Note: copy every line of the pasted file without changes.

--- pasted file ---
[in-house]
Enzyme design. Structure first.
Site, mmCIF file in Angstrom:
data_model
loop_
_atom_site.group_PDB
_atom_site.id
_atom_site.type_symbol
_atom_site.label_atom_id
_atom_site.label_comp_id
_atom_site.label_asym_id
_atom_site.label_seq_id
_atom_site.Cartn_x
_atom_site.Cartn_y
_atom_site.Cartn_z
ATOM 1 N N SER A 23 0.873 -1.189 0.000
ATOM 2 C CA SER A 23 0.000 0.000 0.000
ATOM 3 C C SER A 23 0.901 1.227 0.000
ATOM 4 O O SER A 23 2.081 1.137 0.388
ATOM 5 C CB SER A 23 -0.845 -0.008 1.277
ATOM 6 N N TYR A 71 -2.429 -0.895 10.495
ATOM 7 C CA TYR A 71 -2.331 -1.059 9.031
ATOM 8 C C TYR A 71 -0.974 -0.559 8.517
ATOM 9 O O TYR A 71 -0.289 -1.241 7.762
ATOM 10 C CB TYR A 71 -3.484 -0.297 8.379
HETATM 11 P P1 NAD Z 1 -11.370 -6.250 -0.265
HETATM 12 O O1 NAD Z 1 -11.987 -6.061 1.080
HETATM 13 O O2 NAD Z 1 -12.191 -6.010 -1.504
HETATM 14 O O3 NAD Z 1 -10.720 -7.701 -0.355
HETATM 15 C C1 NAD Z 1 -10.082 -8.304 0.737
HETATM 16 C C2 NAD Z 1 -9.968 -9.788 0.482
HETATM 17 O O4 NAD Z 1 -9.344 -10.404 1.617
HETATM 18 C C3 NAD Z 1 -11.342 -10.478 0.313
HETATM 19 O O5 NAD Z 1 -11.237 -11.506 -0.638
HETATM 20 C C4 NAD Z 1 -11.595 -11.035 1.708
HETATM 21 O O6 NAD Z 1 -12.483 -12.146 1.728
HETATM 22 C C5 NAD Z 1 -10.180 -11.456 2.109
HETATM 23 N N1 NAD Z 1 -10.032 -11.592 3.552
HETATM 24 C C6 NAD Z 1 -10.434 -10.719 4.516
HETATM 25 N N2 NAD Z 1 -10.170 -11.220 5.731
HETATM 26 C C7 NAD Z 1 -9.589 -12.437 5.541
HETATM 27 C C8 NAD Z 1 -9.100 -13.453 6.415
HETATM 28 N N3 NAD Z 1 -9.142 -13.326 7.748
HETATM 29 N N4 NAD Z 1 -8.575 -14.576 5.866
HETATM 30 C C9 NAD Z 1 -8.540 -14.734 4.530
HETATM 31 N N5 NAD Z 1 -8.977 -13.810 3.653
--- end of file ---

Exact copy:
[in-house]
Enzyme design. Structure first.
Site, mmCIF file in Angstrom:
data_model
loop_
_atom_site.group_PDB
_atom_site.id
_atom_site.type_symbol
_atom_site.label_atom_id
_atom_site.label_comp_id
_atom_site.label_asym_id
_atom_site.label_seq_id
_atom_site.Cartn_x
_atom_site.Cartn_y
_atom_site.Cartn_z
ATOM 1 N N SER A 23 0.873 -1.189 0.000
ATOM 2 C CA SER A 23 0.000 0.000 0.000
ATOM 3 C C SER A 23 0.901 1.227 0.000
ATOM 4 O O SER A 23 2.081 1.137 0.388
ATOM 5 C CB SER A 23 -0.845 -0.008 1.277
ATOM 6 N N TYR A 71 -2.429 -0.895 10.495
ATOM 7 C CA TYR A 71 -2.331 -1.059 9.031
ATOM 8 C C TYR A 71 -0.974 -0.559 8.517
ATOM 9 O O TYR A 71 -0.289 -1.241 7.762
ATOM 10 C CB TYR A 71 -3.484 -0.297 8.379
HETATM 11 P P1 NAD Z 1 -11.370 -6.250 -0.265
HETATM 12 O O1 NAD Z 1 -11.987 -6.061 1.080
HETATM 13 O O2 NAD Z 1 -12.191 -6.010 -1.504
HETATM 14 O O3 NAD Z 1 -10.720 -7.701 -0.355
HETATM 15 C C1 NAD Z 1 -10.082 -8.304 0.737
HETATM 16 C C2 NAD Z 1 -9.968 -9.788 0.482
HETATM 17 O O4 NAD Z 1 -9.344 -10.404 1.617
HETATM 18 C C3 NAD Z 1 -11.342 -10.478 0.313
HETATM 19 O O5 NAD Z 1 -11.237 -11.506 -0.638
HETATM 20 C C4 NAD Z 1 -11.595 -11.035 1.708
HETATM 21 O O6 NAD Z 1 -12.483 -12.146 1.728
HETATM 22 C C5 NAD Z 1 -10.180 -11.456 2.109
HETATM 23 N N1 NAD Z 1 -10.032 -11.592 3.552
HETATM 24 C C6 NAD Z 1 -10.434 -10.719 4.516
HETATM 25 N N2 NAD Z 1 -10.170 -11.220 5.731
HETATM 26 C C7 NAD Z 1 -9.589 -12.437 5.541
HETATM 27 C C8 NAD Z 1 -9.100 -13.453 6.415
HETATM 28 N N3 NAD Z 1 -9.142 -13.326 7.748
HETATM 29 N N4 NAD Z 1 -8.575 -14.576 5.866
HETATM 30 C C9 NAD Z 1 -8.540 -14.734 4.530
HETATM 31 N N5 NAD Z 1 -8.977 -13.810 3.653